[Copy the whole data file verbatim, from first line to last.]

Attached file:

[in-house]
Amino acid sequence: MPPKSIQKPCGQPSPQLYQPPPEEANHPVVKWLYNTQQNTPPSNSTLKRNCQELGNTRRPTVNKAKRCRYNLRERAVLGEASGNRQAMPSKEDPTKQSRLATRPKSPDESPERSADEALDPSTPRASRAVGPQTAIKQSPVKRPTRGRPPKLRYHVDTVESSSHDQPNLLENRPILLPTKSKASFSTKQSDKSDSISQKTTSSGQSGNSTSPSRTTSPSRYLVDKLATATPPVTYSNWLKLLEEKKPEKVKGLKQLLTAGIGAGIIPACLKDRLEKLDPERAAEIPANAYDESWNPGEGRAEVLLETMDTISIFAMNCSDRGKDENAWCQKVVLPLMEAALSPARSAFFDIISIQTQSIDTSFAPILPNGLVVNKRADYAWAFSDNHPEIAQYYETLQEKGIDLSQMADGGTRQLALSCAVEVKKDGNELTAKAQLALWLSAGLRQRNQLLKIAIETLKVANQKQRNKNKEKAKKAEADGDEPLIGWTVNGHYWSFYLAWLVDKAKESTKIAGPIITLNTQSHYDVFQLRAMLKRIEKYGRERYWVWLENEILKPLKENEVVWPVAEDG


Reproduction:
[in-house]
Amino acid sequence: MPPKSIQKPCGQPSPQLYQPPPEEANHPVVKWLYNTQQNTPPSNSTLKRNCQELGNTRRPTVNKAKRCRYNLRERAVLGEASGNRQAMPSKEDPTKQSRLATRPKSPDESPERSADEALDPSTPRASRAVGPQTAIKQSPVKRPTRGRPPKLRYHVDTVESSSHDQPNLLENRPILLPTKSKASFSTKQSDKSDSISQKTTSSGQSGNSTSPSRTTSPSRYLVDKLATATPPVTYSNWLKLLEEKKPEKVKGLKQLLTAGIGAGIIPACLKDRLEKLDPERAAEIPANAYDESWNPGEGRAEVLLETMDTISIFAMNCSDRGKDENAWCQKVVLPLMEAALSPARSAFFDIISIQTQSIDTSFAPILPNGLVVNKRADYAWAFSDNHPEIAQYYETLQEKGIDLSQMADGGTRQLALSCAVEVKKDGNELTAKAQLALWLSAGLRQRNQLLKIAIETLKVANQKQRNKNKEKAKKAEADGDEPLIGWTVNGHYWSFYLAWLVDKAKESTKIAGPIITLNTQSHYDVFQLRAMLKRIEKYGRERYWVWLENEILKPLKENEVVWPVAEDG